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Swords to Plowshares v. Kemp

United States District Court, N.D. California
Aug 16, 2005
423 F. Supp. 2d 1031 (N.D. Cal. 2005)

Summary

concluding that the Presidio is a federal enclave pursuant to Article I, § 8, clause 17

Summary of this case from Kasperzyk v. Shetler Security Services, Inc.

Opinion

No. C 05-1661 MJJ.

August 16, 2005.

Duncan Scott MacDonald, Chapman Popik White LLP, San Francisco, CA, for Plaintiff.

Chad Deveaux, Lucia L. Sciaraffa, Patrick M. Ryan, Robert A. Weikert, Thelen Reid Priest, LLP, San Francisco, CA, for Defendant.


ORDER DENYING PLAINTIFF'S MOTION TO REMAND


INTRODUCTION

Before the Court is Plaintiff Sword to Plowshares' motion to remand this action to state court. For the following reasons, the Court DENIES Plaintiff's motion to remand.

FACTUAL BACKGROUND

Plaintiff is a California not-for-profit corporation. Plaintiff leases land from The Presidio Trust ("the Trust"), including the premises located at 1030 Girard Road, #219A, San Francisco, California ("the unit"). Plaintiff subleased the unit to Defendant Robert Kemp, a California resident on November 15, 2000. The unit is part of a development called the Veterans Academy, which is operated by Plaintiff.

The Trust is not a party to the action, which precludes the issue of diversity jurisdiction, or the issue of jurisdiction over a government owned corporation.

Plaintiff filed its action for unlawful detainer against Defendant on April 1, 2005, in San Francisco Superior Court. The action was based on a 60 Day Notice to Terminate Tenancy which asserted that Defendant breached the Lease in several respects. On or about April 11, 2005, Defendant served a verified Answer, demanded a jury trial, and requested that a settlement conference be set by the state court. On April 20, 2005, the state court action was set for trial. Defendant served his notice of removal on April 21, 2005.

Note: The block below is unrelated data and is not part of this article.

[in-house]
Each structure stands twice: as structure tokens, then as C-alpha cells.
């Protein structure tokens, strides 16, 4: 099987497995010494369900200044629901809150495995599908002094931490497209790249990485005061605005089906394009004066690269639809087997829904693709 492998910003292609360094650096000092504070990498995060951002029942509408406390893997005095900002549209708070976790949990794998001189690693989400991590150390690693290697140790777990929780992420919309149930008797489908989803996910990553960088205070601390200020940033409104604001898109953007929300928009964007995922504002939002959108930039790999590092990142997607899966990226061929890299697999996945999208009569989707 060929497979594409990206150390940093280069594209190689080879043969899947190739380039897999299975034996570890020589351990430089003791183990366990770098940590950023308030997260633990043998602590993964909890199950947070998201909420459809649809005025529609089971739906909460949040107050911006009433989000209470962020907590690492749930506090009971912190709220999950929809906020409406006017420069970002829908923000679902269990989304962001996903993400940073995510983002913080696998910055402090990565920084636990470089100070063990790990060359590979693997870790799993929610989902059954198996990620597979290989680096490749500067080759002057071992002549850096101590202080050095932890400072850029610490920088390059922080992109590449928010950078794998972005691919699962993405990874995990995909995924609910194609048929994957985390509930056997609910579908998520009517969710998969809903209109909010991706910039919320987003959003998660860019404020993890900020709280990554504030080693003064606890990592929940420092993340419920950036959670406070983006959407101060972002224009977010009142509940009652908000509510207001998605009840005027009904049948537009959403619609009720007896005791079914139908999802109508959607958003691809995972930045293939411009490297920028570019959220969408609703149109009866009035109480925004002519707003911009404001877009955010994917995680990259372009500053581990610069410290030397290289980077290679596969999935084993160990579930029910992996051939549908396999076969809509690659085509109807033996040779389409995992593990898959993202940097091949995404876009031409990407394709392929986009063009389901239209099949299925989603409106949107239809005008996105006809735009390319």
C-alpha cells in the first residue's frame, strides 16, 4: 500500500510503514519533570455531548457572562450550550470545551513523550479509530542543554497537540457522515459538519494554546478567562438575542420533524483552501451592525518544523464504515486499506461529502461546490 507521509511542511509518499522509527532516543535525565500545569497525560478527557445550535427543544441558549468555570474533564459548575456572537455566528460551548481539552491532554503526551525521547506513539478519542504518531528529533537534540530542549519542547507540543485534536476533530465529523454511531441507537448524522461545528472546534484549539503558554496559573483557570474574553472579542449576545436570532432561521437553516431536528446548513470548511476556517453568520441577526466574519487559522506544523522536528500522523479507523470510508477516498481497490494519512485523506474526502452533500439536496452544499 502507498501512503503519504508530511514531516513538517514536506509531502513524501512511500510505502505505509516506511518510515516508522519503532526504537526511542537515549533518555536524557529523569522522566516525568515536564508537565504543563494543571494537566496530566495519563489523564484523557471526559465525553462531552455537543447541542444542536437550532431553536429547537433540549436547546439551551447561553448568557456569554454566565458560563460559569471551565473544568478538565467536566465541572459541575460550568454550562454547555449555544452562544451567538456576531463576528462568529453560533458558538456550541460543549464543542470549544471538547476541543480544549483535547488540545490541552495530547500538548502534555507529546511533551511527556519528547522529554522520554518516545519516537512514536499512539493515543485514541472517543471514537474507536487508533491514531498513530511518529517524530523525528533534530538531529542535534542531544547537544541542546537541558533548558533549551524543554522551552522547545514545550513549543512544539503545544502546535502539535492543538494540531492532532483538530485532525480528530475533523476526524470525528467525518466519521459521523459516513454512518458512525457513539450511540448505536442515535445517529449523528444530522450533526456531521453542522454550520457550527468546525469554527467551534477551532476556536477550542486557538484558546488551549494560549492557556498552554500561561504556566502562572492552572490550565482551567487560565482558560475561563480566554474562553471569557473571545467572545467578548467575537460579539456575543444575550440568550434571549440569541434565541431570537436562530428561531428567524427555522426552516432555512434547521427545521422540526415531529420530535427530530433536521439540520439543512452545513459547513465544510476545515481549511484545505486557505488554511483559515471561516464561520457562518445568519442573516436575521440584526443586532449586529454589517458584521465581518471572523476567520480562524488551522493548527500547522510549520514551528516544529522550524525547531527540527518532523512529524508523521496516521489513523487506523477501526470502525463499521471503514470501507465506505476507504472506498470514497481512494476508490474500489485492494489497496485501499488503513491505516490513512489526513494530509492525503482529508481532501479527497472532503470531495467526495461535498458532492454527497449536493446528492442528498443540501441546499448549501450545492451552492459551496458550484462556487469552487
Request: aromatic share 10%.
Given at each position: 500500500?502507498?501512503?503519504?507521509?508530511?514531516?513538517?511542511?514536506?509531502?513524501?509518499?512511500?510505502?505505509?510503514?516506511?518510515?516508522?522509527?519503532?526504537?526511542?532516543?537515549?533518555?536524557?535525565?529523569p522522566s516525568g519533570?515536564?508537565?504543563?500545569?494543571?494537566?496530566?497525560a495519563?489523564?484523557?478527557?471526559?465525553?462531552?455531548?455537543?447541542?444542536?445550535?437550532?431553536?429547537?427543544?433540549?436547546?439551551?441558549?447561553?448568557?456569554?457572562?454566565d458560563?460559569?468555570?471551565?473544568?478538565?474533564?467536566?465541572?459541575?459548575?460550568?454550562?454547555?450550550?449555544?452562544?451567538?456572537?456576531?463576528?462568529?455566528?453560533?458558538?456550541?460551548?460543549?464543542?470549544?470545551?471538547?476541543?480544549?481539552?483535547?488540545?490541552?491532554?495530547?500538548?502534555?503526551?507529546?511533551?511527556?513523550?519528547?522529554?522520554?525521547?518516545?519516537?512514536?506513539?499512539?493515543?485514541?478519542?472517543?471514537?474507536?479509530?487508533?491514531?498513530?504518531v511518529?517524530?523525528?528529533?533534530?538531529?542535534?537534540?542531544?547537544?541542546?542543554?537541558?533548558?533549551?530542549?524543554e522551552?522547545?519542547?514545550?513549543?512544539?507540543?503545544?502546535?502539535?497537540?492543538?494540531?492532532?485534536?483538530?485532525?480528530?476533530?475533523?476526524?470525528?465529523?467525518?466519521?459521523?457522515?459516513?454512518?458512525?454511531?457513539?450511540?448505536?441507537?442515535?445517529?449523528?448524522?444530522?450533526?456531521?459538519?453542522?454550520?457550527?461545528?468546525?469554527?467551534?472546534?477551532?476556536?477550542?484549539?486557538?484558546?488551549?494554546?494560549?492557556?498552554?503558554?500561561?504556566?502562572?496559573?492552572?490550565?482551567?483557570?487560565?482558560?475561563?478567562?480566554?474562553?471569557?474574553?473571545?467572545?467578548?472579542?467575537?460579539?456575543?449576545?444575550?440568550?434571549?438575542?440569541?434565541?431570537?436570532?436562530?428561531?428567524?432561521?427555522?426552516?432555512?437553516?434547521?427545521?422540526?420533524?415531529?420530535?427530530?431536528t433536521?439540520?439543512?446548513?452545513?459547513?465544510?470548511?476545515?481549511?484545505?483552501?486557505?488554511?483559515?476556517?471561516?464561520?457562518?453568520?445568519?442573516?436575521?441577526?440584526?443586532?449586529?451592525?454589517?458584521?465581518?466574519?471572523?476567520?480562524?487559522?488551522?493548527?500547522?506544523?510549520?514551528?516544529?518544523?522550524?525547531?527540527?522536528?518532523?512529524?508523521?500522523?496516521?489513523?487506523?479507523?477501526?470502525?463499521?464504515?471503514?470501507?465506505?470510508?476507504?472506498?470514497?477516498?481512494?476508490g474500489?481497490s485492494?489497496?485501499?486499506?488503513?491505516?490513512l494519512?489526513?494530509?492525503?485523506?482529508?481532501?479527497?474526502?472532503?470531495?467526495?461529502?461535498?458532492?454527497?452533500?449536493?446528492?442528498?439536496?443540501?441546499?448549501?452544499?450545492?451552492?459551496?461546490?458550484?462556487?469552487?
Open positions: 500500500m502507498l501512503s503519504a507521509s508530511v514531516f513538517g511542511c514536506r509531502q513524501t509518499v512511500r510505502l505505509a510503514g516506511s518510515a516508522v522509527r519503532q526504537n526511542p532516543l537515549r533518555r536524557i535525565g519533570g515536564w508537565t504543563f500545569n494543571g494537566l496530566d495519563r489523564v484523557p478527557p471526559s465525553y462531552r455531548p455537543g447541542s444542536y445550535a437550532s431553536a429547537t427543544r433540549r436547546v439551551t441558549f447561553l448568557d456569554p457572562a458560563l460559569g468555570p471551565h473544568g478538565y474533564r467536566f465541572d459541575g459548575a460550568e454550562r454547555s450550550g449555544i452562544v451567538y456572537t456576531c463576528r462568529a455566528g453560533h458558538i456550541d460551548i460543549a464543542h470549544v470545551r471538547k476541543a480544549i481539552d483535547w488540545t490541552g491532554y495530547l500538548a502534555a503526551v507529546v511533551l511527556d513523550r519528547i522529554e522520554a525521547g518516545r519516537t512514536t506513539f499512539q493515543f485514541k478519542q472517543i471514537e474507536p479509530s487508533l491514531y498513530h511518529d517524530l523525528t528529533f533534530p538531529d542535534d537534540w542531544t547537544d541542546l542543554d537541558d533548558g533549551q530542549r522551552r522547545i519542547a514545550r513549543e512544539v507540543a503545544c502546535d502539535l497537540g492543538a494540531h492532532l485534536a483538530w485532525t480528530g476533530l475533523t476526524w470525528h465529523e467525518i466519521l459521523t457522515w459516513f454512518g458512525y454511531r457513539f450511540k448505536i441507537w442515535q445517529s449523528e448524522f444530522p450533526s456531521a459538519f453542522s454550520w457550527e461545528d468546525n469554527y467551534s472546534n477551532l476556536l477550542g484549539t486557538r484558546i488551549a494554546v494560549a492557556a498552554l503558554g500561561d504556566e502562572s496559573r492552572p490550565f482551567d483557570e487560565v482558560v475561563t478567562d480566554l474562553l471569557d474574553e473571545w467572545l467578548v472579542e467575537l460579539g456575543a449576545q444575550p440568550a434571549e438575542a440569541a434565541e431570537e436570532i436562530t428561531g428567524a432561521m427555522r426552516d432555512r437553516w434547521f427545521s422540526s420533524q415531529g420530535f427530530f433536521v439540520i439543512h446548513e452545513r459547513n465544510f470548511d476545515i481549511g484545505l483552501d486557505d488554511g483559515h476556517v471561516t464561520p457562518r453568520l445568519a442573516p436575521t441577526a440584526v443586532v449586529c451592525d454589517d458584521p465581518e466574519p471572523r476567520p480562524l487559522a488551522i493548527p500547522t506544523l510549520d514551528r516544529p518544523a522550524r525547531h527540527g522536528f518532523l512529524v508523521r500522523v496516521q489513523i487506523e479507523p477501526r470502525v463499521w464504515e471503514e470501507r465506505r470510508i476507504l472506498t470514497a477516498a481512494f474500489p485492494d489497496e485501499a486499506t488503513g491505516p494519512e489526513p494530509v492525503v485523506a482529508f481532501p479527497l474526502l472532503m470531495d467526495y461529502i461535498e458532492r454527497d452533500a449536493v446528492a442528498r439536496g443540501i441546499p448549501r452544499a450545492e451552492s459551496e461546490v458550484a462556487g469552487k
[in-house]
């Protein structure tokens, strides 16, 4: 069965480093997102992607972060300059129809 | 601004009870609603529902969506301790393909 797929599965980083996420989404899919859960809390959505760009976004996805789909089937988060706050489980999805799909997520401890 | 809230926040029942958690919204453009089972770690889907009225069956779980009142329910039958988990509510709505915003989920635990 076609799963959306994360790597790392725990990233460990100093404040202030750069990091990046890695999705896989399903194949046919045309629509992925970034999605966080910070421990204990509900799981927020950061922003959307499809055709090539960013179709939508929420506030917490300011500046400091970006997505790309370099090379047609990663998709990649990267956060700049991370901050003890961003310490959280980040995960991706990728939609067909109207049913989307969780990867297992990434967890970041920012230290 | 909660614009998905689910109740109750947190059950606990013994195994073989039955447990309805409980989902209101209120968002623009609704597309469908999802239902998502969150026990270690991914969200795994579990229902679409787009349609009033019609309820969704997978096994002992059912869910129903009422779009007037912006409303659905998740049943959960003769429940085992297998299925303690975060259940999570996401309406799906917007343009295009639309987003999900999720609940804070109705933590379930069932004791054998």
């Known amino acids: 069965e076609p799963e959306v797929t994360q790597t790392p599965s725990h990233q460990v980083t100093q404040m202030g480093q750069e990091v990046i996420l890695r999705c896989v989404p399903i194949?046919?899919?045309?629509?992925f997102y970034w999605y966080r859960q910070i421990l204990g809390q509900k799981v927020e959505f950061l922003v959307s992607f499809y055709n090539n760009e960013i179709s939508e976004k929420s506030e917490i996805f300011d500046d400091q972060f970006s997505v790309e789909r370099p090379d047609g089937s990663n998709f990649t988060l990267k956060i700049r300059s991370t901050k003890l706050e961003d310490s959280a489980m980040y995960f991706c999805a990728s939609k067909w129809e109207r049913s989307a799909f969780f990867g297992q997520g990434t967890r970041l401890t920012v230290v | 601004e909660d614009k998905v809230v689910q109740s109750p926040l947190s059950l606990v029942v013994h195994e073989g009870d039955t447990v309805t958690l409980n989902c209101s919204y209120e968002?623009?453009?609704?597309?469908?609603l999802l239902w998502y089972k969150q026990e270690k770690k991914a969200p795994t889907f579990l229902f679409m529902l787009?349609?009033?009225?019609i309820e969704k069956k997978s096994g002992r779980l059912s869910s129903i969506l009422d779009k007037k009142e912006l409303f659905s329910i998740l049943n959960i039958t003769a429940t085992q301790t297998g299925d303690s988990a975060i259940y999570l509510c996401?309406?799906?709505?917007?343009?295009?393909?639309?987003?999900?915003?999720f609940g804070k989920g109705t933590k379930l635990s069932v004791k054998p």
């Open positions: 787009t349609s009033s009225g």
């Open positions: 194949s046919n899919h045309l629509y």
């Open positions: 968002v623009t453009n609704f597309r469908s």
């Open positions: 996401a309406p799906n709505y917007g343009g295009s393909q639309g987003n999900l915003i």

Upon Defendant's unopposed request for judicial notice, the Court hereby judicially notices the 60 Day Notice to Terminate Tenancy, according to Federal Rule of Evidence 201(b).

The unit that is the subject of the unlawful detainer is located within the boundaries of the Presidio. Jurisdiction over the Presidio was ceded to the federal government by the California Legislature in 1897 for the use of a military base. Cal. Stat. 1897, p. 51. The Army ceased using the Presidio in 1994, and in 1996 Congress passed the Presidio Trust Act, transferring administrative jurisdiction over the land to The Presidio Trust. 16 U.S.C. § 460bb App., Pub.L. 104-33, Title I, § 103.

Upon Defendant's unopposed request for judicial notice, the Court hereby judicially notices Cal. Stat. 1897, p. 51, according to Federal Rule of Evidence 201(b).

Plaintiff moves to remand this action to state court, asserting two jurisdictional defects. First, Plaintiff asserts that unlawful detainer actions are not subject to removal. Second, Plaintiff claims that the Court lacks subject matter jurisdiction over this action because the complaint does not assert any causes of action involving a federal question.

LEGAL STANDARD

A. Removal

As a general rule, an action is removable to federal court only if it might have been brought there originally. 28 U.S.C. § 1441(a). The removal statute is strictly construed, and the court must reject federal jurisdiction if there is any doubt as to whether removal was proper. Duncan v. Stuetzle, 76 F.3d 1480, 1485 (9th Cir. 1996); Gaus v. Miles, Inc., 980 F.2d 564, 565 (9th Cir. 1992). The defendant bears the burden of proving the propriety of removal. Duncan, 76 F.3d at 1485. The removal statute is strictly construed against removal jurisdiction. Emrich v. Touche Ross Co., 846 F.2d 1190, 1195 (9th Cir. 1988).